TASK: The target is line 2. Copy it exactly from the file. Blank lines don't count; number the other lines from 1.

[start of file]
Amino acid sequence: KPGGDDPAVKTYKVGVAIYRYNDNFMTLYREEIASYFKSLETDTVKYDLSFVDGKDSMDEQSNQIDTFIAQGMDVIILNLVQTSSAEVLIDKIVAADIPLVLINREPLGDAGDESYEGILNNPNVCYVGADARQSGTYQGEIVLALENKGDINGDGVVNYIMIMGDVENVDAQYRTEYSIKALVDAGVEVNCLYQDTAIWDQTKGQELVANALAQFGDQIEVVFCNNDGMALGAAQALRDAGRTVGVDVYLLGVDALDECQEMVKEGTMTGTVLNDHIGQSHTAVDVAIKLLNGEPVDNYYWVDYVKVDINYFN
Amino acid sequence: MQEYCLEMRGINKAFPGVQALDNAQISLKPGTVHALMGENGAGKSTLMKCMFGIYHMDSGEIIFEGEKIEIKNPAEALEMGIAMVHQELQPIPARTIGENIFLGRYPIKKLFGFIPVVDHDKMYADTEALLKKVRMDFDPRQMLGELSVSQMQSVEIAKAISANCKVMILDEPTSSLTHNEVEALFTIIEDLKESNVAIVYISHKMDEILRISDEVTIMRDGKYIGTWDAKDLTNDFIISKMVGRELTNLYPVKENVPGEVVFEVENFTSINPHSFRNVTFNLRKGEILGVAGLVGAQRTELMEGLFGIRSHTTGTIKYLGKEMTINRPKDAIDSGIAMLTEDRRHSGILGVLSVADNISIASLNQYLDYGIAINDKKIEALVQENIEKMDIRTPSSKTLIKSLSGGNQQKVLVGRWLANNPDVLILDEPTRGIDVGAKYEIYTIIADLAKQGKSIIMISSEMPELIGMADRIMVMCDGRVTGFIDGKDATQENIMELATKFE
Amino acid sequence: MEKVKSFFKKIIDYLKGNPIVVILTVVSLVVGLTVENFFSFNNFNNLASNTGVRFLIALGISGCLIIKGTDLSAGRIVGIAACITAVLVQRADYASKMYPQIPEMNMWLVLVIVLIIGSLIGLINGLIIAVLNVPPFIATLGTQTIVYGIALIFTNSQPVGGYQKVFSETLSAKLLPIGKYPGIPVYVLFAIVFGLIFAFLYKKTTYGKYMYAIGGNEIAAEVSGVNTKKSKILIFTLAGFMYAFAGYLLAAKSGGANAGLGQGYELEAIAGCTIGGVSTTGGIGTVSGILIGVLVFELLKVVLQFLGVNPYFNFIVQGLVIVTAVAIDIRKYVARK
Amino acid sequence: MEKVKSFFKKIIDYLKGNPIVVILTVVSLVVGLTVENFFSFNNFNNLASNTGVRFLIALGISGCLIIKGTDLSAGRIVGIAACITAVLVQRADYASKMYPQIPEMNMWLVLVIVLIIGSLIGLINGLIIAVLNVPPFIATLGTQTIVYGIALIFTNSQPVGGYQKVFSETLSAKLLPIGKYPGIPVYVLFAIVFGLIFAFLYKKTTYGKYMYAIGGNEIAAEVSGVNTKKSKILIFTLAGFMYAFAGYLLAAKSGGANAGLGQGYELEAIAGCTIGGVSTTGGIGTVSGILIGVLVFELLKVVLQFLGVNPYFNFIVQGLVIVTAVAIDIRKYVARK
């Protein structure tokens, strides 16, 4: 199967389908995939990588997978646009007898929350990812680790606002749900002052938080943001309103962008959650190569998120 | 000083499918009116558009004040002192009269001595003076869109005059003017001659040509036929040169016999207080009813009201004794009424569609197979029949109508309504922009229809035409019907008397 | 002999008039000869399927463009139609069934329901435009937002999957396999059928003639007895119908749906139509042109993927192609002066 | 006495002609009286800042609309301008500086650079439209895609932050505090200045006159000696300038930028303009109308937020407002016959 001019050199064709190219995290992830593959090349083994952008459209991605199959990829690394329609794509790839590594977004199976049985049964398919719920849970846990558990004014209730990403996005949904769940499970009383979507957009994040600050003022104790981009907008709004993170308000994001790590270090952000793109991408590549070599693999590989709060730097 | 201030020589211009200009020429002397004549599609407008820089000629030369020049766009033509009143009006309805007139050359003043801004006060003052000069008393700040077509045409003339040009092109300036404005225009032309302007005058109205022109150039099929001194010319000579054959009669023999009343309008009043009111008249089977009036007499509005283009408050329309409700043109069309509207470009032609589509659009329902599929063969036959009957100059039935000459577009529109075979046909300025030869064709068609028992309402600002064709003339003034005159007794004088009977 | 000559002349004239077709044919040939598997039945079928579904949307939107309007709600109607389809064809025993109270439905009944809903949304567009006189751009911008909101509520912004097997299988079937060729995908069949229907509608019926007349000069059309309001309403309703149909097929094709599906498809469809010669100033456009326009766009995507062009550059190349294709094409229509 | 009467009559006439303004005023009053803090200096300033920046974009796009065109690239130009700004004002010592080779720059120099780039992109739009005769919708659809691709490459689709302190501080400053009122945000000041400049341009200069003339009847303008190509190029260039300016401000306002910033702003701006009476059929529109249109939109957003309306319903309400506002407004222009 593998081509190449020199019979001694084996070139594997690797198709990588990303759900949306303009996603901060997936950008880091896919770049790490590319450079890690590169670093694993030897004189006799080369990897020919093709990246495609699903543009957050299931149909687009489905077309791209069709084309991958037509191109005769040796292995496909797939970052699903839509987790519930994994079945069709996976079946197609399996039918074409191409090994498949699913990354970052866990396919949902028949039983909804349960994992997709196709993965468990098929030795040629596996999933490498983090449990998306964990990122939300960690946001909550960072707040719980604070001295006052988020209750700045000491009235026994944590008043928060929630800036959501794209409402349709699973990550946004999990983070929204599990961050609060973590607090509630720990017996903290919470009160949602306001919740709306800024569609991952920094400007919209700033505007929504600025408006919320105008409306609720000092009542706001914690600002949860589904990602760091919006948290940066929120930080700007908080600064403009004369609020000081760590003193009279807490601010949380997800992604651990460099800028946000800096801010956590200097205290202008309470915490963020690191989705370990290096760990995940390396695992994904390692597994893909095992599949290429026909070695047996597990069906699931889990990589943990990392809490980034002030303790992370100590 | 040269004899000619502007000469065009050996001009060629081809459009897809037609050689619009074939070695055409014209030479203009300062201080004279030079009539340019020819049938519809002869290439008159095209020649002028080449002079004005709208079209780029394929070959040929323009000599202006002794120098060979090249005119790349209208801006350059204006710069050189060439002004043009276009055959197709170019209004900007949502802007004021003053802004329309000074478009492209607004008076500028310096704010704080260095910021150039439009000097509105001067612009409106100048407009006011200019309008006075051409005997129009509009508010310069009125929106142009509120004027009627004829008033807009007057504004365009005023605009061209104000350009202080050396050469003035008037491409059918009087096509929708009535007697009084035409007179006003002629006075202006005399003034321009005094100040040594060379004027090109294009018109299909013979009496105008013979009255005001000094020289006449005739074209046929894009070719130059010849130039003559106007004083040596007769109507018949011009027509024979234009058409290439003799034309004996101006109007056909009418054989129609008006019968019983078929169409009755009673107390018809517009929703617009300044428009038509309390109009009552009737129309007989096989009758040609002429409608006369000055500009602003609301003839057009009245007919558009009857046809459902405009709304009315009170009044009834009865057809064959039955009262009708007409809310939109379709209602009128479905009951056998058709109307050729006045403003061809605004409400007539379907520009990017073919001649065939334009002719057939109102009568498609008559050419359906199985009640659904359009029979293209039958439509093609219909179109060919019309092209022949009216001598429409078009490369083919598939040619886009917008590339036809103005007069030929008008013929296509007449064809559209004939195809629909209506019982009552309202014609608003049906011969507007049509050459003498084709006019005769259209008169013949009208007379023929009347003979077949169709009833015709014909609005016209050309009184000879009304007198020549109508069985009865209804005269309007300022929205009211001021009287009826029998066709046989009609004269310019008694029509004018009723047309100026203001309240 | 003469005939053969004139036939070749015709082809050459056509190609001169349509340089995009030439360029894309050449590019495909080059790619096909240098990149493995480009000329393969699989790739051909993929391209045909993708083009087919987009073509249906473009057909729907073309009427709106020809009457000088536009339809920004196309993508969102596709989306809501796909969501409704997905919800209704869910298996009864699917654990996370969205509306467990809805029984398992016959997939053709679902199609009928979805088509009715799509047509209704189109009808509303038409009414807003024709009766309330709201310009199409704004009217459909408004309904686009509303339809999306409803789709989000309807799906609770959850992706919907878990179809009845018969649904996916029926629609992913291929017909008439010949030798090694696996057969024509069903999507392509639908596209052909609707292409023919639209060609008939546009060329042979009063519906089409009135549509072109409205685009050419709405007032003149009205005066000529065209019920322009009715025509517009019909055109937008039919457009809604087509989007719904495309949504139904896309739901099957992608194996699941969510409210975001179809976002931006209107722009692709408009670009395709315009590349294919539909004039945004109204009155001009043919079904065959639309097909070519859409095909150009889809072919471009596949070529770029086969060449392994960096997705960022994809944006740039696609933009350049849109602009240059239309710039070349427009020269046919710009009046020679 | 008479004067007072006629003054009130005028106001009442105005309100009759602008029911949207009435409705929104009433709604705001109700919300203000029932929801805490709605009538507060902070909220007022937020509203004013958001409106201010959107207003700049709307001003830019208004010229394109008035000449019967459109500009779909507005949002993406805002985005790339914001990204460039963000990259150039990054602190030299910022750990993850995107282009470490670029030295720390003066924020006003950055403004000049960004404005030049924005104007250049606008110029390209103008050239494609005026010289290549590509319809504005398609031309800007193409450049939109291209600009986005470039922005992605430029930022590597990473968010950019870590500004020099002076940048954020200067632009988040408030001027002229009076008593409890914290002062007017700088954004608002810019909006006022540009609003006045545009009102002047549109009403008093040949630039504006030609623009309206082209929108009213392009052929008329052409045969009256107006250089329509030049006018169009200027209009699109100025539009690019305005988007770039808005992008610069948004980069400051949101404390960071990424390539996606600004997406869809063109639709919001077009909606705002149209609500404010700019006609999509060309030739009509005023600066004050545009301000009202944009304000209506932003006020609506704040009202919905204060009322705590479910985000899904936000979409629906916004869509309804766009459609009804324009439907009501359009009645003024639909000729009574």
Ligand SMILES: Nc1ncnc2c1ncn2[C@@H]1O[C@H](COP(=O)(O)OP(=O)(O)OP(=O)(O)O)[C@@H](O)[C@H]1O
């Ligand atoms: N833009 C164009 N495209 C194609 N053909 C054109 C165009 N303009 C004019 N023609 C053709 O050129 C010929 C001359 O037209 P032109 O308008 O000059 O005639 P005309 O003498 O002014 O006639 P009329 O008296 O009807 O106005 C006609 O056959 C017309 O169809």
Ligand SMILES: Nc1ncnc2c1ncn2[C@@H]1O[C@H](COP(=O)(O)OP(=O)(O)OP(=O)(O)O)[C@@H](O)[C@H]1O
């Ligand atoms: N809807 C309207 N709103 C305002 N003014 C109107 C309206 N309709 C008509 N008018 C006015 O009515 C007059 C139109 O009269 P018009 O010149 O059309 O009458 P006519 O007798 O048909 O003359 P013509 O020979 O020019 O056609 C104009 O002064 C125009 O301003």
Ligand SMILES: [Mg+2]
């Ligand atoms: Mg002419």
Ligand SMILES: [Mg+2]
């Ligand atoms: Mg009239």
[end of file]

Amino acid sequence: MQEYCLEMRGINKAFPGVQALDNAQISLKPGTVHALMGENGAGKSTLMKCMFGIYHMDSGEIIFEGEKIEIKNPAEALEMGIAMVHQELQPIPARTIGENIFLGRYPIKKLFGFIPVVDHDKMYADTEALLKKVRMDFDPRQMLGELSVSQMQSVEIAKAISANCKVMILDEPTSSLTHNEVEALFTIIEDLKESNVAIVYISHKMDEILRISDEVTIMRDGKYIGTWDAKDLTNDFIISKMVGRELTNLYPVKENVPGEVVFEVENFTSINPHSFRNVTFNLRKGEILGVAGLVGAQRTELMEGLFGIRSHTTGTIKYLGKEMTINRPKDAIDSGIAMLTEDRRHSGILGVLSVADNISIASLNQYLDYGIAINDKKIEALVQENIEKMDIRTPSSKTLIKSLSGGNQQKVLVGRWLANNPDVLILDEPTRGIDVGAKYEIYTIIADLAKQGKSIIMISSEMPELIGMADRIMVMCDGRVTGFIDGKDATQENIMELATKFE